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a work by
Raymond George Ross

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 More often than not authors of war novels  attempt to portray the action of their characters as blood and guts heroes.  The reality of wars is more than this.  Yes there is the rending of human flesh and the pseudo heroisms of the characters, but beneath it all, beats the heart of human beings.

                Many times the so called heroes of warfare are doing nothing more than trying to protect their own ass.  Indeed in many cases the heroes depicted in song and story never survived, yet in their actions managed to save the lives of others.  And quite often in the telling of their stories, the authors fail to show the real truth behind their actions.

                In “Heroes of Vietnam” the author attempts to portray what actually makes up a hero.  It’s not a chest full of medals, nor a citation stating the hero’s courage under fire.  Rather, it is how he contributed to the indigenous peoples of the land in which he found himself.  “Heroes of Vietnam” attempts to show this through the actions of one company of United States Signalmen.  And not only through their actions but in the  mark they left on the people they touched.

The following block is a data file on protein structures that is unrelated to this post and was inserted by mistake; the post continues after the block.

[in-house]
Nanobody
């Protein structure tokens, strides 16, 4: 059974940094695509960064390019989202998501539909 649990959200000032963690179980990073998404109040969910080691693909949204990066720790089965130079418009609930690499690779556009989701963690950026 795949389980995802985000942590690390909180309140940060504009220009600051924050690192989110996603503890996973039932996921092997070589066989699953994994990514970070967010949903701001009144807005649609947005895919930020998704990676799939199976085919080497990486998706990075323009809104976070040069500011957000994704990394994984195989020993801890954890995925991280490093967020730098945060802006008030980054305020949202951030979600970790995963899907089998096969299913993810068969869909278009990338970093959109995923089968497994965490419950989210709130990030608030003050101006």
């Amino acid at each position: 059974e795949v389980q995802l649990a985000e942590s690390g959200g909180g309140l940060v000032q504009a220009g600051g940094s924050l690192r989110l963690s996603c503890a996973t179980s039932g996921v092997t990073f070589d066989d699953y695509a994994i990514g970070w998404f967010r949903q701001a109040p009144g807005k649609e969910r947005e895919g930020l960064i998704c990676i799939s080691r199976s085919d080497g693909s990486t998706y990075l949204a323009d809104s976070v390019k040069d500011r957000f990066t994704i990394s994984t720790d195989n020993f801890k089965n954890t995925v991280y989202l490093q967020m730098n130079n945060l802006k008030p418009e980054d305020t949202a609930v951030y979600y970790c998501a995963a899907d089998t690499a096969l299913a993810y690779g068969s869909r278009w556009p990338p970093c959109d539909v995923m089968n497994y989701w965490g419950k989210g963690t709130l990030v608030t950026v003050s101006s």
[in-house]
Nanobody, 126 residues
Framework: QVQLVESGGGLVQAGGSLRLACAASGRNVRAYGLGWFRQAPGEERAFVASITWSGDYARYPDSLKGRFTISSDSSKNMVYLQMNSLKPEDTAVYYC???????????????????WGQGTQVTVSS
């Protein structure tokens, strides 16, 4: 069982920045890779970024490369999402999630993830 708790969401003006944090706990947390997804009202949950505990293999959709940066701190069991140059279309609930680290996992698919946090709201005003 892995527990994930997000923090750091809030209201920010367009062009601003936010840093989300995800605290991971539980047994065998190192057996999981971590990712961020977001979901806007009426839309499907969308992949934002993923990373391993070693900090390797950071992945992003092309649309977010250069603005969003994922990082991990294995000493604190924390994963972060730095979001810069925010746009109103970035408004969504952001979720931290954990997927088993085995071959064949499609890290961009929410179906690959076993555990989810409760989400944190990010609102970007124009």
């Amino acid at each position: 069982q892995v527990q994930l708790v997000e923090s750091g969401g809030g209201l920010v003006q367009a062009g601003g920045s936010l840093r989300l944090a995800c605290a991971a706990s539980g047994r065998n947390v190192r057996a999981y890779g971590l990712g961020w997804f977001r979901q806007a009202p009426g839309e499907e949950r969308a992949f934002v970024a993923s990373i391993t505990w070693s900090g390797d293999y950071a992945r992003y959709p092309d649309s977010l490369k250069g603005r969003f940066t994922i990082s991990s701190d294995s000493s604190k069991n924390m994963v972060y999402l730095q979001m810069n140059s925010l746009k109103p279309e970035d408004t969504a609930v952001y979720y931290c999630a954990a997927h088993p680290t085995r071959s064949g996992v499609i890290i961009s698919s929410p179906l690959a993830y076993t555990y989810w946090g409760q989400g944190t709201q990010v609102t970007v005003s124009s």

Our “hero” in this epic, must learn the hard way, what it takes to be a hero.  Having been over looked throughout his military career and never having been afforded the opportunity for combat, as an infantryman, was forced to convert to the Signal Corps, just to get into combat.  Then, because of his infantry background, was chosen for a special assignment.  One that could vault him into the sacred halls reserved only for our nations heroes,  or in a body bag on its way to Arlington, unwept, un-honored, and unsung. 
   Strangely enough, along the way he found a deeper meaning for his life than false hero worship.  He found it in the form of a orphaned waif, and the stoic efforts of an American legend, “Doctor Patricia Smith.”  He also discovered the real meaning of “Courage Under Fire” in the actions of the men of “C” Company 43rd Signal Battalion, 1st Signal Brigade, as they, though only 70 in number fought off and defeated the devastating attack of Hanoi’s finest, General Giap’s own personal honor guard.  Of the more than 2000 men that assaulted their position these 70 Signalmen put by actual body count, one thousand nine hundred and seventy-eight in the ground.

The author takes us through the final episode, the Tet Offensive of 1968, day by day, hour by hour and minute by minute, as seen through the eyes of the men of “C” Company 43rd Signal Battalion, 1st Signal Brigade.  The author also gives us a brief glimpse of the enemies’ actions from information acquired by captured enemy documents.

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